Balancing The Pendulum – (Or, What To Do When Pursuit Of Product Kills The Pleasure Of Process)

photography by dan james
photography by dan james

With every creative project we embark upon, there’s an element of process – how we create – and an element of product – what we end up with.

Too often, the pursuit of a perfect end product can hamper, and even destroy entirely, the pleasure we gain from the creative process.

By raising our awareness of this balance, we can choose the creative work that’s the most rewarding, most meaningful, and most enjoyable.

I wanted to share a personal example.

Over the last couple of years I’ve been shooting photographs almost entirely with 35mm film.

Through reading, experimentation, and learning, the process has become ever deeper, and ever more sensory.

Without getting into the technical details, when I use a film camera, it’s a very engaging and involving experience.

When I’m looking through the viewfinder at something I find beautiful, and the right elements come into focus, the moment can be (and often is) quite breathtaking.

All I see and know is within those four edges of the frame.

The rest of the world is forgotten, and my whole being and focus is right here and right now.

It becomes something far greater than pointing the camera and clicking a button. It becomes an immersive, engaging, almost spiritual experience.

I’ve mentioned to others in our tribe before, that what the final photograph looks like, or even whether the camera even has film in it or not, becomes almost irrelevant.

This is all about the experience of using a vintage SLR camera and lens, and the pleasure that brings.

It might be 90 – 95% process, and only maybe 5 or 10% product.

Recently I invested in a digital SLR.

Because it’s one that I can use my collection of vintage lenses on, much of that precious sensory experience of using a film SLR camera remains. I’m seeing similarly memorable images through the viewfinder.

Only now when I click the shutter button, I have the option to immediately see what I’ve captured on the camera’s little screen.

With this form of photography, the pendulum has begun to shift back towards product.

Still 80% or maybe even more is about the process – that experience of rambling and exploring for new beautiful things to capture, and using tactile and (partially) vintage equipment to do so.

But now I’m also more interested in the photographs I make, and a part of me certainly wants them to be worth keeping, worth sharing.

A further shift towards product would be to ditch the old lenses with all their charm and character, and use the kit lens that came with the digital camera.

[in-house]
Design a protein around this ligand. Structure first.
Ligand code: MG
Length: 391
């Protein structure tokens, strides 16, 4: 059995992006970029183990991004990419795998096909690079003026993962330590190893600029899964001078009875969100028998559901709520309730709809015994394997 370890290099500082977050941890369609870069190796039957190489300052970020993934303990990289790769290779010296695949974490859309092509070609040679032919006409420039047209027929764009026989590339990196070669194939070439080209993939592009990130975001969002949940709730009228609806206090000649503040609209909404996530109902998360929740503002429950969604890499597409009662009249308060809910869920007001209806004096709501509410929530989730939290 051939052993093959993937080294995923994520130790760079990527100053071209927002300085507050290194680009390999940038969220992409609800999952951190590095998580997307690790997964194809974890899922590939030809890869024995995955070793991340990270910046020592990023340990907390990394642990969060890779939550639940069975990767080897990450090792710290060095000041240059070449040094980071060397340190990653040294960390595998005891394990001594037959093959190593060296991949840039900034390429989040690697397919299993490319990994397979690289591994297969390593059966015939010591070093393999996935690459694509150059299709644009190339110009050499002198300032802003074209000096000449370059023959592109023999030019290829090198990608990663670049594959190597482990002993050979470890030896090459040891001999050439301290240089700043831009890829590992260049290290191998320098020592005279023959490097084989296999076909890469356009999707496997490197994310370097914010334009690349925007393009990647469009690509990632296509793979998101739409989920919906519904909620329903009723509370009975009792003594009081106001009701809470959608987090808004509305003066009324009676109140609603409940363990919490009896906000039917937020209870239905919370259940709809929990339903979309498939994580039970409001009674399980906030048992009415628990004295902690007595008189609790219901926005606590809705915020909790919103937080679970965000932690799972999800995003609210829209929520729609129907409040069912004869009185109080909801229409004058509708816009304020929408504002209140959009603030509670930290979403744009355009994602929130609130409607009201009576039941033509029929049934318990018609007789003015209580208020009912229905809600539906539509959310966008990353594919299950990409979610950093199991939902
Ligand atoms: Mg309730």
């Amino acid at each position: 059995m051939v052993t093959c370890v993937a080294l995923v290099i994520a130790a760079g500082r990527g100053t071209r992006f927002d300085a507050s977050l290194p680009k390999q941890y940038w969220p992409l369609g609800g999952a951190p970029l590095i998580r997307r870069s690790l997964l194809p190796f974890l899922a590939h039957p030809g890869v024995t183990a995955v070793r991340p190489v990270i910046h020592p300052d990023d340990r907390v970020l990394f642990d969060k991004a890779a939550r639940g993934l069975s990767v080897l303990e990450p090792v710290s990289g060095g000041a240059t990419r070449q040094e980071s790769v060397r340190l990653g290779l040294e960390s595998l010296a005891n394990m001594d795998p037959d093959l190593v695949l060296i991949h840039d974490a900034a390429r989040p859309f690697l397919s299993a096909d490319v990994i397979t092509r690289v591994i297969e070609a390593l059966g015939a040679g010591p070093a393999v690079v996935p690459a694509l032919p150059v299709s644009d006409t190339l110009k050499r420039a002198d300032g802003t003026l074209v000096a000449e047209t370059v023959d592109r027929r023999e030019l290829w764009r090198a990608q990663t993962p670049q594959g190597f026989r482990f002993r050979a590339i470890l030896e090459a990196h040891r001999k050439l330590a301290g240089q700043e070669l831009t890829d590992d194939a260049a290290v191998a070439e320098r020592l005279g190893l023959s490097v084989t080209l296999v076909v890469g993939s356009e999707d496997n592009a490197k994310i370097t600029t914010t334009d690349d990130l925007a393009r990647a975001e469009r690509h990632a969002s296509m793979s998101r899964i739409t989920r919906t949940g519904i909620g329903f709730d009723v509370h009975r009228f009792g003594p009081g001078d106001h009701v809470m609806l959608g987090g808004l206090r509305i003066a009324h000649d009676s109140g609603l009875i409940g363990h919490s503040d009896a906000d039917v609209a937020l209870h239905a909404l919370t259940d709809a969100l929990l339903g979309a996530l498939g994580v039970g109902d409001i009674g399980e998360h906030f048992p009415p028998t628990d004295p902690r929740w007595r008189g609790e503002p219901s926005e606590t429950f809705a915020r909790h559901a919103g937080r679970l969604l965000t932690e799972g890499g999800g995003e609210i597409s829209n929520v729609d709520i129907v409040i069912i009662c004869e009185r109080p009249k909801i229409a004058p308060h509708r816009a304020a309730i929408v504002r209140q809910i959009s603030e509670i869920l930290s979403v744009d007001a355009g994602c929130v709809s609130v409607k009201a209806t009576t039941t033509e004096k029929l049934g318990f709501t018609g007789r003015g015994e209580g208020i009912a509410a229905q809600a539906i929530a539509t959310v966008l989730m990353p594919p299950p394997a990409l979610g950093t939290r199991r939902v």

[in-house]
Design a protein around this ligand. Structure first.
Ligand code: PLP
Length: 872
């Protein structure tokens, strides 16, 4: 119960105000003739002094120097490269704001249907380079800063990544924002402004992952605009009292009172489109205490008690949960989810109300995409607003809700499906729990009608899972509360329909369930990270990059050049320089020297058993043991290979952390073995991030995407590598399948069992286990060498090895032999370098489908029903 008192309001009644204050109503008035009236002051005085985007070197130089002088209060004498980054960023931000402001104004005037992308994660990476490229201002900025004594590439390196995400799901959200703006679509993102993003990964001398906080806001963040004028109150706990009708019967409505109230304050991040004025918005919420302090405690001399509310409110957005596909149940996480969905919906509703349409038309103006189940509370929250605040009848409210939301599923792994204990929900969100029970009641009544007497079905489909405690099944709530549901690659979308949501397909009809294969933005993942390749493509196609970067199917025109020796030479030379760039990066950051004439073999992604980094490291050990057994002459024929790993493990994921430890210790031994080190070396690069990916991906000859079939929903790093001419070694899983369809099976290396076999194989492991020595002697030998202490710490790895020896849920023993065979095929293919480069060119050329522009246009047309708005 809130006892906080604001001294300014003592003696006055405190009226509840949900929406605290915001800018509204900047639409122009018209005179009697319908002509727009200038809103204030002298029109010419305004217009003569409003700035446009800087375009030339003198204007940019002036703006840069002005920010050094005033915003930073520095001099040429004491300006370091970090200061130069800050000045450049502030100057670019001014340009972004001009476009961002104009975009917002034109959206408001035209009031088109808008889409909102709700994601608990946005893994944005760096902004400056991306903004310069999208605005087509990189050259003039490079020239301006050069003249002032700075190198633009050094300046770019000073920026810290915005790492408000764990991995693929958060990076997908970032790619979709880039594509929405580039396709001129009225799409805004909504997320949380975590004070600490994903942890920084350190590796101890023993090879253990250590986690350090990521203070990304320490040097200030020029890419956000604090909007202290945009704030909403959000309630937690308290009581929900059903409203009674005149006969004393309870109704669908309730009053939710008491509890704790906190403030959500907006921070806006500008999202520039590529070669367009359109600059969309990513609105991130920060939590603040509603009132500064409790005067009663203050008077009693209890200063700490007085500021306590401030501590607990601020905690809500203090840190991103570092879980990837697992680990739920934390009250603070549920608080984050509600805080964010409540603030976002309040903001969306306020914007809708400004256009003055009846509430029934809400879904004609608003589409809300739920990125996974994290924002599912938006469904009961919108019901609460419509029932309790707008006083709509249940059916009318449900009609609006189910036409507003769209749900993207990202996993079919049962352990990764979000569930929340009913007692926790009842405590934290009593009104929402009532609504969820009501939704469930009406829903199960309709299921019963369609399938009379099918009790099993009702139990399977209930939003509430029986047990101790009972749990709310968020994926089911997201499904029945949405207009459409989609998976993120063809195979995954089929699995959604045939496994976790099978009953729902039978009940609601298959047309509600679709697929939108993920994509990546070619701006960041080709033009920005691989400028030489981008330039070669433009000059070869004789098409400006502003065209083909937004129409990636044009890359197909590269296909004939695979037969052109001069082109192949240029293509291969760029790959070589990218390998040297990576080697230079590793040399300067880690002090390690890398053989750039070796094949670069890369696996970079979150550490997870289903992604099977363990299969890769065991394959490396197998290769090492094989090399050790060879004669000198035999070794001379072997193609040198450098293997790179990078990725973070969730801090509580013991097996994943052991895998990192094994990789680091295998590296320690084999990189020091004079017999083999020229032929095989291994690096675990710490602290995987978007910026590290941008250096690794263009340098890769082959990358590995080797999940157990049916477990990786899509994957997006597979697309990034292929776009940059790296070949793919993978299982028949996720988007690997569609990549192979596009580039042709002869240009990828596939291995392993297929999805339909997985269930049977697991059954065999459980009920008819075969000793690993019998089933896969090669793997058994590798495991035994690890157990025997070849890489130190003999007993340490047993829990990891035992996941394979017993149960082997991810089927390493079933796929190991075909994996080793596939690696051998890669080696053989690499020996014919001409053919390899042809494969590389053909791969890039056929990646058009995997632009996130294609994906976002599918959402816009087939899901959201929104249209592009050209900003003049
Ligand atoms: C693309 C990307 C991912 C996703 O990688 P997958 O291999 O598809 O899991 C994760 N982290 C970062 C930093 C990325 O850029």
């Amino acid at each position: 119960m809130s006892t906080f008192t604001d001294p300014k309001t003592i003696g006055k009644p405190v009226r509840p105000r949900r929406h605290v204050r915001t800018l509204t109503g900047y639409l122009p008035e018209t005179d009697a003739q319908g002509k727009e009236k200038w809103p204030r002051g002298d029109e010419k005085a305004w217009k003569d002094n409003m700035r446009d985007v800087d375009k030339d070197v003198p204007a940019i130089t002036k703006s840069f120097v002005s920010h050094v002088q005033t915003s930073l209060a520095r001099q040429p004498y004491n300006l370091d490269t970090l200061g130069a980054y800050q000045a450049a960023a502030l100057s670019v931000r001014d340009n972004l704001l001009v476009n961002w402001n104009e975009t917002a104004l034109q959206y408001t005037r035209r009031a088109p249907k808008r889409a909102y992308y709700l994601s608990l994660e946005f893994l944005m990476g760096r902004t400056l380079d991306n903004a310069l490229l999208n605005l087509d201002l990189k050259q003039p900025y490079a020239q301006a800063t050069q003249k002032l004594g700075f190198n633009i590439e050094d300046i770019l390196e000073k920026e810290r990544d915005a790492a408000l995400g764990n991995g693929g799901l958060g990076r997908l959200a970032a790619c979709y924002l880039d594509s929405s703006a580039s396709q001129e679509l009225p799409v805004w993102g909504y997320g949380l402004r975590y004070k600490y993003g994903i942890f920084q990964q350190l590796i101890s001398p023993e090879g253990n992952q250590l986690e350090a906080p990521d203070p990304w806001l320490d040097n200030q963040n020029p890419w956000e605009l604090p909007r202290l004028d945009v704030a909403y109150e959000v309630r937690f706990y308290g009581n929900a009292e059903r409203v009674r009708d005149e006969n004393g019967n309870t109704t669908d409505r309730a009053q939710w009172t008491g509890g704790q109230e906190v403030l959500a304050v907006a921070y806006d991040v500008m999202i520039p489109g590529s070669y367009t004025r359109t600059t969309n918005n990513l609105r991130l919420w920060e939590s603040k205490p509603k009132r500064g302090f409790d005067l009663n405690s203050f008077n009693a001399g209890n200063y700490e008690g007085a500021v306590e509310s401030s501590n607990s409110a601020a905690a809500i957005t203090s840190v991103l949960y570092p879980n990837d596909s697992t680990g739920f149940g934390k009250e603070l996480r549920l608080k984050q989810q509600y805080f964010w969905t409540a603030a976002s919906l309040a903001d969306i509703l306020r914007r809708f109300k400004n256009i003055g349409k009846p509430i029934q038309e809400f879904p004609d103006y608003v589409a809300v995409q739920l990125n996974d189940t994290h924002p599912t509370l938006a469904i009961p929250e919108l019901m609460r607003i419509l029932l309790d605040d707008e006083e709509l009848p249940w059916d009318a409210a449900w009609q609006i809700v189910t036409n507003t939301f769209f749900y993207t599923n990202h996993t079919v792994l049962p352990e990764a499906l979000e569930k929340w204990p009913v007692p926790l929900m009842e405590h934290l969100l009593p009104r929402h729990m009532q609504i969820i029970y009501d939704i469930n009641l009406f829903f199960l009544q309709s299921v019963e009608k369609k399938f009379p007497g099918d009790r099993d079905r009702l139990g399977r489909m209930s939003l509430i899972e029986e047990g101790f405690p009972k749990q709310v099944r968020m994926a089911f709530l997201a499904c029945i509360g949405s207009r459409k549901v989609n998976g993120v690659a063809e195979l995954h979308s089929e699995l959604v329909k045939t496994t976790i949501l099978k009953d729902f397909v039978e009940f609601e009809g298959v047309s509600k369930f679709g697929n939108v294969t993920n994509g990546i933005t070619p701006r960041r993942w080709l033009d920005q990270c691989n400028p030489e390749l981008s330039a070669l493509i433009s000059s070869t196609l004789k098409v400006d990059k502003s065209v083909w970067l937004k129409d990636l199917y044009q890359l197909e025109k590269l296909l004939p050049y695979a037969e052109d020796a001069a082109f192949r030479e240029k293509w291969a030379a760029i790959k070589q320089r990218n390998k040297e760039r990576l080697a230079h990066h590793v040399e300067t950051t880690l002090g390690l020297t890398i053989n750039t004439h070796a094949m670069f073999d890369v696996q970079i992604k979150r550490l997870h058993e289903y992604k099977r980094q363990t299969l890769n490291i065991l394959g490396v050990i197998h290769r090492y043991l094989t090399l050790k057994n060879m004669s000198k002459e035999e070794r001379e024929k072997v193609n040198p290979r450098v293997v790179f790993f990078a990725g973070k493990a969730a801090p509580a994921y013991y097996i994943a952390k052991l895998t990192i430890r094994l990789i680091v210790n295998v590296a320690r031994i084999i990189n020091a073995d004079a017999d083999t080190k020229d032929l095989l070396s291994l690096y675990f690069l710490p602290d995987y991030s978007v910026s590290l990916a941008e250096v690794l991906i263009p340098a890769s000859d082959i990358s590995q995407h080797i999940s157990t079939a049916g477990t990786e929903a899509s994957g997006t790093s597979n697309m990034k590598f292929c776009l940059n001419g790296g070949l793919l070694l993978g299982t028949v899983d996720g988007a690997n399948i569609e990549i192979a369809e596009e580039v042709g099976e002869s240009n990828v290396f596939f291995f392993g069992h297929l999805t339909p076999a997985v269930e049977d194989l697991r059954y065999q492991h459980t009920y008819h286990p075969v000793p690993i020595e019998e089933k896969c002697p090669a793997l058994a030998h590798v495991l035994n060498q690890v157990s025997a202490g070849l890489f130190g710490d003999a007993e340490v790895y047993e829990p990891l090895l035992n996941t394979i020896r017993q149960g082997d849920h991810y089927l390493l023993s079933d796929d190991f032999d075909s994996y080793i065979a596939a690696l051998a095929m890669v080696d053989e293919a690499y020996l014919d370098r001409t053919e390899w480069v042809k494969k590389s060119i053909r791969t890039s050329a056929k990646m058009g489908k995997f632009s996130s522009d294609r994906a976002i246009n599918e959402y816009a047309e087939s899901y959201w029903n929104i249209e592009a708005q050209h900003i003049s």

An ugly hunk of black plastic with auto zoom, auto focus, auto everything.

I believe it even makes tea, and ties your shoelaces if they come undone whilst out photographing…

I would be focused mostly on the end product – the images I produced – so the pleasure of the process would be far less important, and subsequently it would be far less enjoyable.

Which, for me personally right now, defeats the whole reason for photographing.

So for me, this current balance I have found between process and product, with a heavy leaning towards the process, experiential end, is working very well.

I’m completely in love with photography, with wandering out in the countryside or roaming unseen city streets with a beautiful old camera and/or lens in hand, seeking out memorable images and scenes.

It’s one of the most rewarding, engaging, meaningful and soul restoring activities in my life, and indeed that I’ve ever had in my life.

That wouldn’t be happening if I was interested only in the result, the end product, marching about just pointing and shooting.

Enough about me.

I’m curious to know, where’s the process/product pendulum for you with your creative work right now?

Are you interested more in the process of creating, or the final work you create?

More vitally, how much are you enjoying your creative life?

Are you thrilled, excited and highly motivated, desperate for the next opportunity to immerse yourself in your materials and equipment?

Or just going through the motions churning out work that on the surface is almost perfect, but somehow lacks something deeper and more significant in the act of creating?

If it’s the latter, you might like to think of ways you can adjust that pendulum.

What’s the first step you could take today?

Come over and continue the conversation in our community.

Thank you for reading. Please share these words. Subscribe for free updates.